Intrade.com was a web-based trading exchange whose members "traded" contracts between each other on the probabilities of various events occurring. After having been forced to exclude US traders in 2012, on 10 March 2013 Intrade suspended all trading, citing possible "financial irregularities". For a time after the suspension, the intrade.com website stated that they were working on a relaunch of the site, called "Intrade 2.0", but as of August 2014 it states that "It appears very unlikely now that Intrade will resume trading services in the way it had operated previously", and has announced plans to close all accounts and refund monies by 31 December 2014.[needs update]
Intrade was founded by Ron Bernstein and Sean McNamara, a New York futures and options floor trader in 1999. Intrade was later acquired by Tradesports in 2003. John Delaney, the VP of Finance at Intrade, was appointed as the CEO of Tradesports during the acquisition of Intrade by Tradesports. In 2004, Tradesports was re-organized into Trade Exchange Network Limited (who operated the websites Intrade.com, Tradesports.com, WallStreetSports.com, Prediction-X.com and other websites using the Intrade trading platform and technology). In 2007, Trade Exchange Network Limited was re-organized into three new corporate entities: Intrade the Prediction Market Limited (currently operating Intrade.com) Tradesports Ltd (previously operating Tradesports.com, which closed in 2008) and Prediction Exchange Services Limited, a technology company (which never initiated operations).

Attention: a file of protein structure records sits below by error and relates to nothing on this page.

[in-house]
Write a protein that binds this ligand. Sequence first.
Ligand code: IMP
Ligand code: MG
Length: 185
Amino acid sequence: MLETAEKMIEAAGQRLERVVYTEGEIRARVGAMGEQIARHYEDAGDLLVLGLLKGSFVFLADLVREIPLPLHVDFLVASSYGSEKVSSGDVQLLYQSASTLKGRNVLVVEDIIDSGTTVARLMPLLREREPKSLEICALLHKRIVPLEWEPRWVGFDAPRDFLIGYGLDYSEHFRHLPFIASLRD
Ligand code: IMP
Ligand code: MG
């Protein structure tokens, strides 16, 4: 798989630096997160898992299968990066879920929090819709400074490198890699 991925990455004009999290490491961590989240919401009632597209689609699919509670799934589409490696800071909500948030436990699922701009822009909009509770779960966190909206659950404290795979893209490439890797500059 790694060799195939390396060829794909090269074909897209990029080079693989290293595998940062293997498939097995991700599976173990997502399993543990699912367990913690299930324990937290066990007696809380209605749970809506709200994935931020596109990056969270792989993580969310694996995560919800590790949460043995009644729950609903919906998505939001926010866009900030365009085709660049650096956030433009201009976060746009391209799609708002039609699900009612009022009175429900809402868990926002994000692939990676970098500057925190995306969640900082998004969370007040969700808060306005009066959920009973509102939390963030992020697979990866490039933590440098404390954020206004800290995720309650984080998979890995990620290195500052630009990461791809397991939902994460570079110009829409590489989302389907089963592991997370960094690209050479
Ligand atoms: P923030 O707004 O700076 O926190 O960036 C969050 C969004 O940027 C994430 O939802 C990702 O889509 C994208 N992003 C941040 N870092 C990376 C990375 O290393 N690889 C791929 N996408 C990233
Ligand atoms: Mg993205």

Intrade's system utilizes a prediction market trading exchange which allows members to take positions (trade 'contracts') on whether future events will or will not occur. An example event is a political election, which is almost always settled in a well-defined and verifiable manner. The contract might be "Mitt Romney to win 2012 U.S. presidential election". Other possible events include financial predictions, such as "the NASDAQ Average to close higher today", or current events predictions such as "Will Adele win the Grammy Award for Best New Artist?" Intrade facilitates trading between members, charging a monthly fee, but does not participate in trading itself.